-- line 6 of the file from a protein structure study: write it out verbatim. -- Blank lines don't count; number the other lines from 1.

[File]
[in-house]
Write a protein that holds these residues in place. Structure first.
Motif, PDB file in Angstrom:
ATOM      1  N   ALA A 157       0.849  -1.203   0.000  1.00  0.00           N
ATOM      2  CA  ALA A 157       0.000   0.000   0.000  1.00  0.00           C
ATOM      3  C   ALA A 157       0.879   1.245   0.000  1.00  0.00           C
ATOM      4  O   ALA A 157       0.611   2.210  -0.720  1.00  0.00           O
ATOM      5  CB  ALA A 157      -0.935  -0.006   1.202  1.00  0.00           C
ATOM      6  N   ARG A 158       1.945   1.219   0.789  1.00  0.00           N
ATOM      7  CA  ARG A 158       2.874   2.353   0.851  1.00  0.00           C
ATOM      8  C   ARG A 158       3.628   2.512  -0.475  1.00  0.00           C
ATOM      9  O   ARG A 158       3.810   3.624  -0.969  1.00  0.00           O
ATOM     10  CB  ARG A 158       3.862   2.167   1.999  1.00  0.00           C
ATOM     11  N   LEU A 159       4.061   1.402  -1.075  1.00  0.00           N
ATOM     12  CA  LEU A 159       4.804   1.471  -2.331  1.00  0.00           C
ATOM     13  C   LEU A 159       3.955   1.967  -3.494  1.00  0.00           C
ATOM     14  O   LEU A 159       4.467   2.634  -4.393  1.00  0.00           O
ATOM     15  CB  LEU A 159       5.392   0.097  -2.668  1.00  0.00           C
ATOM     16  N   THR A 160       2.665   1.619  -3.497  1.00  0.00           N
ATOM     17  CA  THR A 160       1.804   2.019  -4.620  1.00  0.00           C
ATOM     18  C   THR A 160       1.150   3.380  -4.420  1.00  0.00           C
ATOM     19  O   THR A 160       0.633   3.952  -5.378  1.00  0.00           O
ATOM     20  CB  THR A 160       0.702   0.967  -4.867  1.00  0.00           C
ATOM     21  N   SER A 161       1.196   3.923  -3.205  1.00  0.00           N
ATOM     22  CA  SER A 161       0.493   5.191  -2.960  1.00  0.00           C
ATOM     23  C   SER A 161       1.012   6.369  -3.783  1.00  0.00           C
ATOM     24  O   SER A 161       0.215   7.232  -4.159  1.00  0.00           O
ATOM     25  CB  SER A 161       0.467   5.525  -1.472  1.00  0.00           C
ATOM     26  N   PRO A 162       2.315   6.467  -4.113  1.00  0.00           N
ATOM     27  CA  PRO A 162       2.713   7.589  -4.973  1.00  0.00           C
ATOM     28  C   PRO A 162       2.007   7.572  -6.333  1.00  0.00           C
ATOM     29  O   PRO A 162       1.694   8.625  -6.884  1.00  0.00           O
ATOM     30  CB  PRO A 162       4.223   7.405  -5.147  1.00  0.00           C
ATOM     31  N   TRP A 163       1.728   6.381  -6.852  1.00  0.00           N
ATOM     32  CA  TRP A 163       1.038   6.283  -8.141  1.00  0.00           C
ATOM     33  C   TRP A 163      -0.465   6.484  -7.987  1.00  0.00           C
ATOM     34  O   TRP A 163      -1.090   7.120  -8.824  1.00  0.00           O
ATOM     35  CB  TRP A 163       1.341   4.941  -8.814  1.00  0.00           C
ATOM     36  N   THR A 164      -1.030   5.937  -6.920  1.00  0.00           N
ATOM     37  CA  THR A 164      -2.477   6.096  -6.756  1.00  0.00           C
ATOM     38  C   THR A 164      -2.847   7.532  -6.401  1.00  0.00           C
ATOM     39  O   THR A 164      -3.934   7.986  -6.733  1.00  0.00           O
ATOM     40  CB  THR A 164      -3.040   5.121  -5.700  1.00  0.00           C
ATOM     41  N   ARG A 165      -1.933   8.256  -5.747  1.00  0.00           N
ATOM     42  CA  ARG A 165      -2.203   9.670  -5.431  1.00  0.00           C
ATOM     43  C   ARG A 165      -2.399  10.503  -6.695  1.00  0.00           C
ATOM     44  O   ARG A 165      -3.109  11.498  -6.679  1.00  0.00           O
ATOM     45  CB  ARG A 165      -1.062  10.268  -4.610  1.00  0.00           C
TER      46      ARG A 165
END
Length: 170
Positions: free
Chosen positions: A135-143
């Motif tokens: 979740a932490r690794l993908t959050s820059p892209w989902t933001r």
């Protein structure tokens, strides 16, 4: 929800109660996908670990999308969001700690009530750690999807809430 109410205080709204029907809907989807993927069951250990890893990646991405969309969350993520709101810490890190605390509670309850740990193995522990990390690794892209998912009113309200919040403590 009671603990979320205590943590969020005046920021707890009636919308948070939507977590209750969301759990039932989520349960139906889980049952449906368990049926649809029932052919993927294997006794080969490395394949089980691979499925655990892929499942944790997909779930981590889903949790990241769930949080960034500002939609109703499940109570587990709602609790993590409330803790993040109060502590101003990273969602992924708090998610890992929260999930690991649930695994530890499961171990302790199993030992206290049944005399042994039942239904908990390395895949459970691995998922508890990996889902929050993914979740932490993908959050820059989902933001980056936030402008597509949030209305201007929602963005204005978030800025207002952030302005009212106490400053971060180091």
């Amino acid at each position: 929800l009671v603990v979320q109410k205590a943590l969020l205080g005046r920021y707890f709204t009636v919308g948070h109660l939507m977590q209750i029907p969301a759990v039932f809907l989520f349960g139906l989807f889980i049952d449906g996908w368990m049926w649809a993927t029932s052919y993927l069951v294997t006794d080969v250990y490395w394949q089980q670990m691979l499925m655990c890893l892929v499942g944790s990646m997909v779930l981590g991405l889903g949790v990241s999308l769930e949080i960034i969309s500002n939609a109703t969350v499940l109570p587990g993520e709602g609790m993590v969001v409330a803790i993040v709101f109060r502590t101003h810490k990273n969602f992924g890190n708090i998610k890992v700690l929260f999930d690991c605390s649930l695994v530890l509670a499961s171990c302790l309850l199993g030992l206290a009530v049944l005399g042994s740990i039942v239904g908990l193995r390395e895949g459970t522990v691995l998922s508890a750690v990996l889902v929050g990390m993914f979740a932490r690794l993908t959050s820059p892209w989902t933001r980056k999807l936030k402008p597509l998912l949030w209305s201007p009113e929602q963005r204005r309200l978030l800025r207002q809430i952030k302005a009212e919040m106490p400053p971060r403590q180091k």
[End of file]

ATOM      3  C   ALA A 157       0.879   1.245   0.000  1.00  0.00           C